Governor Schwarzenegger addressed a joint session of the Legislature on Tuesday to discuss California’s worsening budget situation. He noted that state revenues are down 27 percent from their peak in 2006—taking the total general fund dollars available back to 2001 levels. Adjusted for inflation, the state’s buying power has diminished where it was in 1998. He expressed that voters on May 19th stated clearly that they do not want tax increases, and that the Legislature must cut; he continued to catalogue a list of cuts to public safety, healthcare, and education. The governor also advocated for revisiting public employee contracts and eliminating wasteful state spending, citing the California Integrated Waste Management Board as an example.
Democrats praised the governor for the “can do” tone of his speech, but expressed reservations about the cuts proposed. Speaker Karen Bass acknowledged that difficult decisions lay ahead and that the Legislature must preserve, “some semblance of a safety net.” President pro Tem Darrell Steinberg echoed the speaker’s concerns saying it is the job of the Legislature to, “minimize the ‘harsh’ in ‘harsh realities,’” when it comes to slashing state services.
Former State Senator Sheila Kuehl chimed in to the debate in an essay that argues the governor is misguided about the political message voters were trying to send in voting down the special election propositions. She concludes that Californians favor a balanced approach to rectifying the state’s budget woes and are not behind the Republican intransigence to raise taxes. (Interesting sidenote: Kuehl was appointed to the California Integrated Waste Management Board after terming out in December—and that Board is at the top of the governor’s hit list for budget cuts).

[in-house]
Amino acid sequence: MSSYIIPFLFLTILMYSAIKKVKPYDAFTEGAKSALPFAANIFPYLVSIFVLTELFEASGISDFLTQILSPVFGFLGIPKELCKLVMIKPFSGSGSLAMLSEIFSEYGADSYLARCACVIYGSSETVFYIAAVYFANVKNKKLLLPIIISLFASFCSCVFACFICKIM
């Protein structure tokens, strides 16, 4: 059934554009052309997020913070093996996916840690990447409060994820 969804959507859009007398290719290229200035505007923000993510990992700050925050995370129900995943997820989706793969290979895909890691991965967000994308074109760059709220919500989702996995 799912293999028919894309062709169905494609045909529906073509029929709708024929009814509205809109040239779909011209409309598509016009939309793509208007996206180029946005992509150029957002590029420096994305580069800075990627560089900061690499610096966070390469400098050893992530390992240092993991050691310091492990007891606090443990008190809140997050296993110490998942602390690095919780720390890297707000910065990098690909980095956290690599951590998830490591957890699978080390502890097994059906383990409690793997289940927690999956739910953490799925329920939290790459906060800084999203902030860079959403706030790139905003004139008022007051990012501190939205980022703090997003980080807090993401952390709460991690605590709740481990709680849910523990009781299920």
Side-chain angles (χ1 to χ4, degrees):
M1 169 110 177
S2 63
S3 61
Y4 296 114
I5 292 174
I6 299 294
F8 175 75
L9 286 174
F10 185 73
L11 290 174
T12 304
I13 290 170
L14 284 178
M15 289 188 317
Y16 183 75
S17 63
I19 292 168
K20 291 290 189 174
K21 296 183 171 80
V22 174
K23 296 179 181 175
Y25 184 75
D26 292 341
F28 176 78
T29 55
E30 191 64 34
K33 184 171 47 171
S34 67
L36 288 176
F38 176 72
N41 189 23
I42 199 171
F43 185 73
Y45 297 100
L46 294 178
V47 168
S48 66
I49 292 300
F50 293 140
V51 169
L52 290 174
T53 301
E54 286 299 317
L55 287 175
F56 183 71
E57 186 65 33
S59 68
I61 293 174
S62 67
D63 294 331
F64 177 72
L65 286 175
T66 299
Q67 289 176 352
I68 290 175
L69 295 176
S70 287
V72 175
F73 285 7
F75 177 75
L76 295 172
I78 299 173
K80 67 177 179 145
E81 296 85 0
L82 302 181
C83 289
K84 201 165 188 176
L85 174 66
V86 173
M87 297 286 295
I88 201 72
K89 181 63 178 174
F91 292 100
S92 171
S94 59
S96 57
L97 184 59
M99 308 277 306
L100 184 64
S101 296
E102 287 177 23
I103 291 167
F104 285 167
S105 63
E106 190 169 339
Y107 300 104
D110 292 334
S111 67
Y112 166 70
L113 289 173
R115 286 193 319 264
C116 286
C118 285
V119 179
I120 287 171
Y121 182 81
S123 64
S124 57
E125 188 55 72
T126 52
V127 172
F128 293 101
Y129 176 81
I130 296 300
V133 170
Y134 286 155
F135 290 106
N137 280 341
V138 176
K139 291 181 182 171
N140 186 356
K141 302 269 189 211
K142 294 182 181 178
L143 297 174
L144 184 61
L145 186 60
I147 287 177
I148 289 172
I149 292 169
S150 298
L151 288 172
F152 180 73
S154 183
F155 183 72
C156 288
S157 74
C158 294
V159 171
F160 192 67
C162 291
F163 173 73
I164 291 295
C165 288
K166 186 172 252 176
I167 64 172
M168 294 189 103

CHI has been monitoring the budget situation, and has provided our membership with a series of updates on the cuts proposed by the governor in his May revise and subsequent proposals. The life sciences industry is in a unique position as the budget negotiations unfold: cuts to public health programs, such as Healthy Families, Medi-Cal, and the AIDS Drug Assistance Program have the potential to seriously affect our bottom line—but so do reductions to various tax credits designed to stimulate research and development and economic growth in the state, and increases to corporate taxation. Cuts to the University of California and California State University systems, as well as the CalGrant Program, have the potential to leave our industry without qualified workers to research, develop, and manufacture new treatments. We will continue to keep our membership informed of the developments in the budget negotiations, and how the taxes and cuts will affect our industry and the environment for biomedical research in the state. In the mean time, if you’d like to share your thoughts on the California budget crisis, email me: email@example.com or comment below.
CHI-Advancing California biomedical research and innovation